Over the past decade, CAS has emerged as a potential alternative to CEA. The appeal of CAS has been driven in part by patient, physician, and hospital preferences for less invasive procedures, with underlying assumptions that this would lead to a reduction in complications, length of stay, and cost, although the latter 2 appear to not be borne out in practice.[25,28,38,51] The choice between CEA and CAS has therefore been primarily centered around which technique provides better clinical outcomes. Multiple CAS case series and registries have emerged, of mixed quality and with conflicting data, which will not be reviewed here. Unfortunately, large-scale randomized controlled trials comparing the 2 revascularization techniques have proven controversial, and have not convincingly identified a superior technique.[11,17,22,26,33,34,40,50] The most recent trial, CREST, was designed to avoid prior pitfalls and to reach definitive conclusions regarding choice of revascularization technique for carotid stenosis, although interpretation of its results has not been free of controversy either.[2,5]

Health care is undergoing a radical transformation. The economic environment has challenged health care organizations to deliver optimal services in the face of compromised cash flows, reduced resources, and declining margins. There is an overwhelming need for health care policy makers to audit current practices to ensure incorporation of cost-effective guidelines without compromising quality and outcomes of care. Our objective in this review of trials comparing CEA, CAS, and BMT in patients with carotid artery stenosis was to analyze existing evidence and cite comparative measures to consider while making such treatment decisions.

Young et al summarizes their findings:


Patients with symptomatic stenosis > 70% should undergo carotid revascularization. There is clear evidence that CEA is superior to BMT for such a group, with an absolute risk reduction of 15.6%. The benefits of CEA for 50%–69% stenosis, although significant, were modest compared with those in patients with 70% stenosis. Therefore, revascularization is recommended for 50%–69% symptomatic stenosis, with the understanding that aggressive lipid management and other antiplatelet agents have been added to the BMT regimen since NASCET and ECST were conducted, and may be useful in this population. Based on meta-analysis and recent data, CEA remains the procedure of choice for revascularization of symptomatic stenosis ≥ 50%; however, CAS is a potential alternative for patients with specific high-risk factors for CEA (for example, contralateral occlusion, radiation therapy, restenosis). Also, CAS has other, less well-defined indications, such as severe chronic obstructive pulmonary disease or the somewhat ambiguous “high risk” criteria.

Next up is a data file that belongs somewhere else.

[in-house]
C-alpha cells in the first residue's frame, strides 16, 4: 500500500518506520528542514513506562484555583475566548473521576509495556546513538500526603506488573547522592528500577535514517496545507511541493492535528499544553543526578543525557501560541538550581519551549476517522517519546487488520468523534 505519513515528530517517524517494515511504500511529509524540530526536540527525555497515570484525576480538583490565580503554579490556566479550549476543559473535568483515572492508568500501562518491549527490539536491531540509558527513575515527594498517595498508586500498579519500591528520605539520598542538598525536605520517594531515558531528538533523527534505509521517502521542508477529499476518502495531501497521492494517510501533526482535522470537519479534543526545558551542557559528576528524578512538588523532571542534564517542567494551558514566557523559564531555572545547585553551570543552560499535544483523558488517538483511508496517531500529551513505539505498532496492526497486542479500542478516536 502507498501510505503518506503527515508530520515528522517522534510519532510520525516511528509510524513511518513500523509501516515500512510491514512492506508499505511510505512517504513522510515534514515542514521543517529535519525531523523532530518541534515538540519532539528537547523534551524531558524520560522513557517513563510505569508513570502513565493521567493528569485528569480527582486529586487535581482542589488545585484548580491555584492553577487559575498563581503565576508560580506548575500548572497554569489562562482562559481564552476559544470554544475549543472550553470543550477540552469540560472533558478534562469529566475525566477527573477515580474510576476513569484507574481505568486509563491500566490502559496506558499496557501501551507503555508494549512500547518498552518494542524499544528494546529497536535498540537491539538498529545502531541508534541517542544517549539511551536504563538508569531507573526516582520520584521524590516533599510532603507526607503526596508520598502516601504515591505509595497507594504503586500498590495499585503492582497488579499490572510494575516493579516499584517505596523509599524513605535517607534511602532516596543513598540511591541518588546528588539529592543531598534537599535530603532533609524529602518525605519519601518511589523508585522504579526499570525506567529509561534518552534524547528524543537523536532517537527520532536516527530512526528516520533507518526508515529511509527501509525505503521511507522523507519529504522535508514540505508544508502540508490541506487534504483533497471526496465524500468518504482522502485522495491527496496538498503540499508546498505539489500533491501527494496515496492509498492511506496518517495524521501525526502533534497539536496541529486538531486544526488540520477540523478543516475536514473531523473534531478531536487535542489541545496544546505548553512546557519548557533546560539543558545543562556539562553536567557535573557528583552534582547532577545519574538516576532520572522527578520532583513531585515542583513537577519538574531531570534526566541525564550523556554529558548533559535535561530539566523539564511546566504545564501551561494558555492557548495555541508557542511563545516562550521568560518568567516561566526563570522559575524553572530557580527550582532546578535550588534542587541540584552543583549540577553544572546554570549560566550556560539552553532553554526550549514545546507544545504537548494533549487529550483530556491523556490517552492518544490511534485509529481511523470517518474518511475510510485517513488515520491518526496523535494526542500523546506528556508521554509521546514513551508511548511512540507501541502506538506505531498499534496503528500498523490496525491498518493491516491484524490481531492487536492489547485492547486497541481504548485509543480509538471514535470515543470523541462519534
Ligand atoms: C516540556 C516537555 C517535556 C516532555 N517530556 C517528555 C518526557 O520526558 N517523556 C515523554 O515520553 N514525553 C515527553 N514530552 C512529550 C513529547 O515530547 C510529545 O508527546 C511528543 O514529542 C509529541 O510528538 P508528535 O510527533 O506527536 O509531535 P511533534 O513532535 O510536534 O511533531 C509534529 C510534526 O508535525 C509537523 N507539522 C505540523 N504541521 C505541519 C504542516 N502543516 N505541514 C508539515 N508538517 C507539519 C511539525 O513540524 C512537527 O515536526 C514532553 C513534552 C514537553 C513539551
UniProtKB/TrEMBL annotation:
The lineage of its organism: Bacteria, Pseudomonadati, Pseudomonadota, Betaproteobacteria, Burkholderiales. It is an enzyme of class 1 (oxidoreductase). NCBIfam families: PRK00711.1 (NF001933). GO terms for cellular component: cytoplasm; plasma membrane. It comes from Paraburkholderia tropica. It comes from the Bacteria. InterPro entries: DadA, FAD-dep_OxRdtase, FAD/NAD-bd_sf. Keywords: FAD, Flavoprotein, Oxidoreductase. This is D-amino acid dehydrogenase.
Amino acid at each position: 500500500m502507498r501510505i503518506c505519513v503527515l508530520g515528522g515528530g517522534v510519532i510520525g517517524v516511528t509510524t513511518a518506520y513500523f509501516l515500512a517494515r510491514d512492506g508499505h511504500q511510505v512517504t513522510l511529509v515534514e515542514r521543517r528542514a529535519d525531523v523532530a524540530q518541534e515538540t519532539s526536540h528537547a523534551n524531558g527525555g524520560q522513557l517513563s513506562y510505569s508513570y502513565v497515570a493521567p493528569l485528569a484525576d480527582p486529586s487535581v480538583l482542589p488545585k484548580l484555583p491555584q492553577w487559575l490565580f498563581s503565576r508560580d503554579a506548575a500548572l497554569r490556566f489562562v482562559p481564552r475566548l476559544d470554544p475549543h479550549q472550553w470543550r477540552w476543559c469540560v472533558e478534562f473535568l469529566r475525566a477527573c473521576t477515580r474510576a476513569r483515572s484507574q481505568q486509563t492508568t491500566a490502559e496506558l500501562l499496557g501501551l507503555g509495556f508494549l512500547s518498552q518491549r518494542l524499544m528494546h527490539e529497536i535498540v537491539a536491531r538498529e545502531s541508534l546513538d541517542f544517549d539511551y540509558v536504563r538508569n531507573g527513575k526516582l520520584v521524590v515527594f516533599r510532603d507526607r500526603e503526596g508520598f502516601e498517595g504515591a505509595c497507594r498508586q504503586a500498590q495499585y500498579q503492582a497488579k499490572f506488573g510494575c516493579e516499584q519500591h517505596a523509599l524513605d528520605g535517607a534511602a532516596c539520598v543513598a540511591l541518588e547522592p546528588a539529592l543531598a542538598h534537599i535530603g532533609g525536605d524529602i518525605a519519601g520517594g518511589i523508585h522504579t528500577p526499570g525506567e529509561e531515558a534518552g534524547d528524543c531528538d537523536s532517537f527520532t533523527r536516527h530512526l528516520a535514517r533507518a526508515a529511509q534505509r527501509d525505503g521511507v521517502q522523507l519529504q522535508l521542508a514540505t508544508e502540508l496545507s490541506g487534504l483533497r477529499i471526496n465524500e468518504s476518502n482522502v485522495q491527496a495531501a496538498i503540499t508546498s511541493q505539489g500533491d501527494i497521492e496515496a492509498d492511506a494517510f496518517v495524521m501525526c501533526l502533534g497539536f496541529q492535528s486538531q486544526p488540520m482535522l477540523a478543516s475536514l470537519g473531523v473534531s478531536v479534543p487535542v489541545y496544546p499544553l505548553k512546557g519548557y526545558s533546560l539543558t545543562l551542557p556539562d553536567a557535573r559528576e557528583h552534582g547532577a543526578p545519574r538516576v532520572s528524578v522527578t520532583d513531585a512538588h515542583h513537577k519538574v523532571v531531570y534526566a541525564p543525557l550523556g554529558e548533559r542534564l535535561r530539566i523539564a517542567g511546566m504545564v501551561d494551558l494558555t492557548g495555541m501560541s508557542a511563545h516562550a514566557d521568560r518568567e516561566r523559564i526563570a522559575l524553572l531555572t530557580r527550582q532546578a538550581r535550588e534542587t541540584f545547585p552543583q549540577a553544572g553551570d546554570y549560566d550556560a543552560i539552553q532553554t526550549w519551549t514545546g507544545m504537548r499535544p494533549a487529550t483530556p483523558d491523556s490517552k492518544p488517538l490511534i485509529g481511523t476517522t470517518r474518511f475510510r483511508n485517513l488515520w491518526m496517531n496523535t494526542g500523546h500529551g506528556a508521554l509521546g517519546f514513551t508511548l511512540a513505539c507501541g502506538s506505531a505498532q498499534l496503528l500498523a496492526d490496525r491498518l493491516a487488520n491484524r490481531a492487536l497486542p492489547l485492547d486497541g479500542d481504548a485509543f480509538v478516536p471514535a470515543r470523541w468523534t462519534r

We found that CEA has a modest benefit for asymptomatic stenosis, given at least a 3–5 year life expectancy after surgery. In contrast, CAS has a dubious benefit for asymptomatic stenosis; procedural morbidity and mortality rates approach or exceed 3%, whereas the procedural risks with CEA remain much lower. With the declining incidence of stroke due to asymptomatic lesions and the current natural history, SPACE-2 and other trials are well justified to compare BMT against CAS or CEA. The CAS procedure for asymptomatic stenosis should remain relegated to clinical trials, which should also include an arm for BMT.

What  does all of this mean:

Surgery is better than medications for severe stenosis, particularly in symptomatic patients.

Stenting is a viable option is symptomatic patients with high risks of surgical complications (complications as defined above).  Stenting should not be used in asymptomatic patients.

Basic medical treatment is a useful therapy, particularly in patients with borderline asymptomatic (50-60%) surgical stenosis, and combined with other treatments in patients with greater stenosis (or symptomatic).


Does this preclude stent technology in the future – No.  as stenting technology advances, stenting may become a more viable option for larger groups of people.